I want to know if it is necessary to have telnet enabled on both sides of machines to get telnet connection.

Here's the issue: I am trying to telnet some public IP on port 80 from a Linux web server (Red Hat).

This public IP has got HTTP (80) enabled on it. I'm not sure if telnet is enabled but the owner says it is.

On my Linux server, HTTP (80) is enabled but not telnet. Instead SSH is enabled.

When I telnet from my Linux server: telnet PublicIP 80 it says:

Trying "PublicIP"...
Connected to "PublicIP" ("PublicIP").
Escape character is '^]'.
Connection closed by foreign host

Do is have to enable telnet on my server for it to work? Because there's no issue at the other end as confirmed by other sources. Public IP:

Please explain how can I make it work. If I have to enable telnet on my Linux server, please share the command and method to do so.

  • as we know telnet port it is not secure so most fw block it,are you sure that there isn't any firewall (on the other machine) which block telnet port. – Networker May 29 '14 at 20:42
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    It seems you already did what you wanted to... You telnet'ed to the remote HTTP service and since you didn't type anything it closed the connection. You do not need to enable Telnet Service (Server) on any machine. You are using the telnet client. You can also use curl/wget/nc/whatever to do the same thing. – 0xAF May 29 '14 at 20:46
  • There are highly chances are that there is. But its allowed to anyone. even i can telnet it from my home network on my windows PC. but its from my office i am facing. everything is allowed on our side of firewall from this server. – Money May 29 '14 at 20:47
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    @Networker the security concern is (in this context) just nonsense. telnet is used as a client to test the reachability of a service - and NO, the telnet port is not involved. – guntbert May 29 '14 at 20:48

You are trying to test connectivity to a remote Web server with telnet? Then, no: you do not need telnet servers. The remote HTTP server is waiting for commands, as indicated by the escape character. When it times out waiting, the connection is closed. So...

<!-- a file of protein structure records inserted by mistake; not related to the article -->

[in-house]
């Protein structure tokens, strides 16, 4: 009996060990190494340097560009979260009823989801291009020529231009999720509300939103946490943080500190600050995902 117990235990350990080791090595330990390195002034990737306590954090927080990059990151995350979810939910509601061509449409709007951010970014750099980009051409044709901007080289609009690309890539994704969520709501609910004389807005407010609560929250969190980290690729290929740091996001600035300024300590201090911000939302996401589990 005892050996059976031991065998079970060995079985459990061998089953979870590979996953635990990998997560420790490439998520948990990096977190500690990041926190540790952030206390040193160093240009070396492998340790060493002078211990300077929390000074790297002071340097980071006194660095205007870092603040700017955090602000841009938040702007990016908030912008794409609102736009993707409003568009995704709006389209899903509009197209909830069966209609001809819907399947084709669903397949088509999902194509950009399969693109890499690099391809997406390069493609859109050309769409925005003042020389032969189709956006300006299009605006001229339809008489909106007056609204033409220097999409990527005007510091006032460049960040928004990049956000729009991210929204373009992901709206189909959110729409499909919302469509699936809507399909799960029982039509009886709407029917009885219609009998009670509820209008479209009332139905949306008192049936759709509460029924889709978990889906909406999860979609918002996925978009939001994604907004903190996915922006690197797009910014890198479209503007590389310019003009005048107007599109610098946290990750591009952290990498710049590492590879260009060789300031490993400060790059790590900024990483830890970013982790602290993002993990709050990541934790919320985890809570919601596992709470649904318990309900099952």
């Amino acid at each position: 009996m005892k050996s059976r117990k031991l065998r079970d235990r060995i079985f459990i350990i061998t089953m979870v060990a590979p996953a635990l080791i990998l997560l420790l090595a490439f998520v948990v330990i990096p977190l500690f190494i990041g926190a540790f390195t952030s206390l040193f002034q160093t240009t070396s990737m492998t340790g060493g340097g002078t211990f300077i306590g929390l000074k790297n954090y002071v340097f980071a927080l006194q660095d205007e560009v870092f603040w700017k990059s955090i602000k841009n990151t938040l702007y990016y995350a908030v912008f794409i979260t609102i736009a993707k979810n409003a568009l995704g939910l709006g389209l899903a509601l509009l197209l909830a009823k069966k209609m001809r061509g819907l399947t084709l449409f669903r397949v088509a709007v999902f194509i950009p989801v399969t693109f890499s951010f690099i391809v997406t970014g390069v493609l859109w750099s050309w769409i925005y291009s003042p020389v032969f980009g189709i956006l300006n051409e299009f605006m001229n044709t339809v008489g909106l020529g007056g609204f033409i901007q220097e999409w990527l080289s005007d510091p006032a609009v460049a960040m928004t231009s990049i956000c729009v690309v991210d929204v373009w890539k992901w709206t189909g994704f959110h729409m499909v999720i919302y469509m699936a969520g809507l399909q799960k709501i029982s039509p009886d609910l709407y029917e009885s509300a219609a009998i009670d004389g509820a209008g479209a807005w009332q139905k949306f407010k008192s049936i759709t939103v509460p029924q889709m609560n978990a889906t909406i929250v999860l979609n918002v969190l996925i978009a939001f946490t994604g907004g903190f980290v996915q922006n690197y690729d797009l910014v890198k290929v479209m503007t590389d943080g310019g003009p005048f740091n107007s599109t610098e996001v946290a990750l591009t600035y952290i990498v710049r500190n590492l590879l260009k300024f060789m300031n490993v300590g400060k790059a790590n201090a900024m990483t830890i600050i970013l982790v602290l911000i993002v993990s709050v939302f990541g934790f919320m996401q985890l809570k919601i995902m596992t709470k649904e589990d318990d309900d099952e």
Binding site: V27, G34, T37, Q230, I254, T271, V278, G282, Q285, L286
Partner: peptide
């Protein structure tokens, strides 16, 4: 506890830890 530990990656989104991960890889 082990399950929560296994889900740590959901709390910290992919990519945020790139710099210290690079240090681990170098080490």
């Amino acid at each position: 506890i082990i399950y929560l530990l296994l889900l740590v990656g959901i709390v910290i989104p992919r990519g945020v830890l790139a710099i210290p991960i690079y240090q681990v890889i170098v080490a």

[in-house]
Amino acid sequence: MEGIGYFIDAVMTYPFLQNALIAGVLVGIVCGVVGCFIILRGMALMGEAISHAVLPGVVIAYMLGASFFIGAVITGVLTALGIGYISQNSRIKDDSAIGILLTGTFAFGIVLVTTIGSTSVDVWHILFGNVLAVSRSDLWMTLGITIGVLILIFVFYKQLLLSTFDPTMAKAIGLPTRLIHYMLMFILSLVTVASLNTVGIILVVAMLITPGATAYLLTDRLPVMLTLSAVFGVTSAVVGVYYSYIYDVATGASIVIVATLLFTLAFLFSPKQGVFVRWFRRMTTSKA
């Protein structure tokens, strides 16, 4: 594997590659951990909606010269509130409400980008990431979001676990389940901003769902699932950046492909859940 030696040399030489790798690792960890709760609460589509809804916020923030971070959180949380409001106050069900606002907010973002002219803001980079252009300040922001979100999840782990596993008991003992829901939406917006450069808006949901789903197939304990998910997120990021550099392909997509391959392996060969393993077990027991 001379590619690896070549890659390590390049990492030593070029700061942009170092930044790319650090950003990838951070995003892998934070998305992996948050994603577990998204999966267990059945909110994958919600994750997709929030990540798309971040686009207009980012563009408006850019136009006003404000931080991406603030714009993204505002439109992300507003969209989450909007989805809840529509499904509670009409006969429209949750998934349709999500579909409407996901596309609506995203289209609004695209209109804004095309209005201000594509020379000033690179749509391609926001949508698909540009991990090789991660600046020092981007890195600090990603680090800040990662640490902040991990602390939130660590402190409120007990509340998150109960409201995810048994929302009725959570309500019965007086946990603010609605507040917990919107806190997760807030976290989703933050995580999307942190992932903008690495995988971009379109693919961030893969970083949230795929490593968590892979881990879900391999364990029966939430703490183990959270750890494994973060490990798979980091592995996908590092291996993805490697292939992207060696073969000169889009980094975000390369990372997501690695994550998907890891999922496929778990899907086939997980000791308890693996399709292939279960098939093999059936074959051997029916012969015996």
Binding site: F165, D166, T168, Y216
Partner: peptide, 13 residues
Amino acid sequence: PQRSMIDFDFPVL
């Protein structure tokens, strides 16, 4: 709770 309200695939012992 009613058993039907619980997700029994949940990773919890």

telnet <hostname or ip address> 80

Then type some HTTP commands:

GET / HTTP/1.1
host: <fqdn>

Use the FQDN of a host that the remote Web server has been configured to serve. It will return the default document with the HTTP commands above. Please note the accurate comment by 0xAF.

  • 3
    The OP needs to input 1 empty line after his input to be able to retrieve any response. Most HTTP servers will allow HTTP/1.0 communication. If the OP is trying to test the HTTP service only, he could just write "GET / HTTP/1.0" and hit the enter key 2 times. – 0xAF May 29 '14 at 20:52

To answer to your question in the first sentence: Telnet is two things: a server-side application (daemon), and a client-side application.

When a telnet server is running, the computer is listening on TCP port 23 for connections from a telnet client.

A telnet client does not listen on any ports, but rather attempts to connect to TCP port 23 (by default) on a computer. If it connects correctly, the user may be prompted to log in and then has an interactive shell session. Because telnet communicates by default using plain, unencrypted text (including your password!), this is NOT recommended.

However, as Christopher says in his excellent answer, if you are really trying to test an http server using telnet, you can use the telnet program for that, and you do not need a telnet server.

The telnet client program can be used to connect to other TCP ports than the default port 23.

telnet <hostname> <TCP port>

Because http servers usually listen on port 80, you can use the telnet program to connect to port 80, and see what the http server is sending to browsers when they connect:

telnet google.com 80

That will connect, but you must then type the following text, which is just a simple http request (case is important):

GET / HTTP/1.1
host: test.com

Then press enter twice.

You'll then see all the raw html that google serves to browsers. You can use this same concept to test your own http servers.


telnet can be used to test the HTTP protocol but there are tools better suited for the task. I personally recommend curl. It is essentially a command line utility that is able to interact with a wide variety of protocols (HTTP, HTTPS, FTP...). Using curl instead of telnet to test an HTTP server will save you from having to manually type in the HTTP requests and it will provide you with more information overall. Some features you might find useful for your current situation are:

Connect to a host using HTTP and request the default document:

curl <public ip>

Connect to a host using HTTP and view the HTTP headers only:

curl -I <public ip>

Connect to host using HTTP, view the HTTP headers only and follow 3xx redirects:

curl -LI <public ip>

curl literally has dozens of options. I recommend using curl --help for a quick summary and man curl or curl --manual for more detailed info.


If you don't have telnet or curl, you can also use cat and proc dir to connect a port:

cat < /dev/tcp/HOST/PORT

Extracted from this article (in Spanish).

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